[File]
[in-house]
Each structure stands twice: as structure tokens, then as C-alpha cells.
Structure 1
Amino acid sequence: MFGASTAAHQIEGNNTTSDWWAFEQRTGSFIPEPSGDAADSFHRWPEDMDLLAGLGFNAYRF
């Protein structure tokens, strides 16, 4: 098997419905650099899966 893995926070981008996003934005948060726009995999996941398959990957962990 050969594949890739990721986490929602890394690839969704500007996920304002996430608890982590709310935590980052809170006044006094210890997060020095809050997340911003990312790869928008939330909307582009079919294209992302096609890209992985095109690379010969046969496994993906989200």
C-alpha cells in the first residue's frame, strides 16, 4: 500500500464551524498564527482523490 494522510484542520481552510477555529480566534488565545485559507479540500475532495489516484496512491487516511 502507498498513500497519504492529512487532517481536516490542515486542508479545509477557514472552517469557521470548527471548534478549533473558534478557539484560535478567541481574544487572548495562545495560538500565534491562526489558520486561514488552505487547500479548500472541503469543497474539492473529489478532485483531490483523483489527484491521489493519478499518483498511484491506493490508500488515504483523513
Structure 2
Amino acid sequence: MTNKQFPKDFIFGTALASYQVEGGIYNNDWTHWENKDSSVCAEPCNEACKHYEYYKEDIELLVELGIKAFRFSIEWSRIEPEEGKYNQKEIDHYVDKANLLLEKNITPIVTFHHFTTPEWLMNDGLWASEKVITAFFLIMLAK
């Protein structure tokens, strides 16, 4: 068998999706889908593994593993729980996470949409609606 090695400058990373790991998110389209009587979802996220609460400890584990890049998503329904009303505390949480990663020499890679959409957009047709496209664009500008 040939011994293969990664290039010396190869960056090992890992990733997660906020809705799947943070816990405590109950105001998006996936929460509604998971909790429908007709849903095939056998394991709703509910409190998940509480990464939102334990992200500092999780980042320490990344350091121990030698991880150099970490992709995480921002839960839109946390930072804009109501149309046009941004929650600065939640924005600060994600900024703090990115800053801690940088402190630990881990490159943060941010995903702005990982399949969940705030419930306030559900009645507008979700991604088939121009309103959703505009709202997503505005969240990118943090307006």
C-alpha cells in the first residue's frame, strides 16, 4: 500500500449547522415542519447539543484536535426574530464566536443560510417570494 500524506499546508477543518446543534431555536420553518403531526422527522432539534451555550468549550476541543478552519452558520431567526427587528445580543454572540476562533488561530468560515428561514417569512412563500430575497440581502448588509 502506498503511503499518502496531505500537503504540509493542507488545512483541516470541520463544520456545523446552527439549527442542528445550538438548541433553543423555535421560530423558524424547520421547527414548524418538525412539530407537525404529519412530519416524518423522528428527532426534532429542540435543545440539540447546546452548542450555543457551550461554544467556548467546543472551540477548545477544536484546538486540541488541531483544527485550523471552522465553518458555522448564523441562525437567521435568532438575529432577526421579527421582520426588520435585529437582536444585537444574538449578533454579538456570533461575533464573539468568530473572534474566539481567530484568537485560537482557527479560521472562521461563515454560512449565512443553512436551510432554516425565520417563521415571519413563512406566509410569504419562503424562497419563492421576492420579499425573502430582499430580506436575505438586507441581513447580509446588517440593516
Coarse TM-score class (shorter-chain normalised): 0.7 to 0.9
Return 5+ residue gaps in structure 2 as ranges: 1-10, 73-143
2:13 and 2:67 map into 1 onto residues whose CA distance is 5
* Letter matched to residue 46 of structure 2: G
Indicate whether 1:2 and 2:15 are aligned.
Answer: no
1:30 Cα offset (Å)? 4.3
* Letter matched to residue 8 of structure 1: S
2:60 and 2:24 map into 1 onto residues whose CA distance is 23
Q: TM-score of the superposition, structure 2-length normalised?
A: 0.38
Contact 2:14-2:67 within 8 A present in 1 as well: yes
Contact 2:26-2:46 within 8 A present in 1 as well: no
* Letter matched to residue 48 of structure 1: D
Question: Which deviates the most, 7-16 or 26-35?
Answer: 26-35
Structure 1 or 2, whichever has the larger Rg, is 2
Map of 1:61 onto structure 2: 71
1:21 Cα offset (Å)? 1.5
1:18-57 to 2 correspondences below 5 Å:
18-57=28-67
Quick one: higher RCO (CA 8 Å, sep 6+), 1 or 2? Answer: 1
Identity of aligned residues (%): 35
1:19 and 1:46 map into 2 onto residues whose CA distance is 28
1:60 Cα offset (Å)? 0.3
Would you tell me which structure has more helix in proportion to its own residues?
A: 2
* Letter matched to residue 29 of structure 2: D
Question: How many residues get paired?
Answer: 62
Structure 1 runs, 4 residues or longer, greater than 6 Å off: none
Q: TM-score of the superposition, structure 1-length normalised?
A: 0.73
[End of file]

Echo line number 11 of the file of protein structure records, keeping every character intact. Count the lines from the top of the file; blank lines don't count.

Coarse TM-score class (shorter-chain normalised): 0.7 to 0.9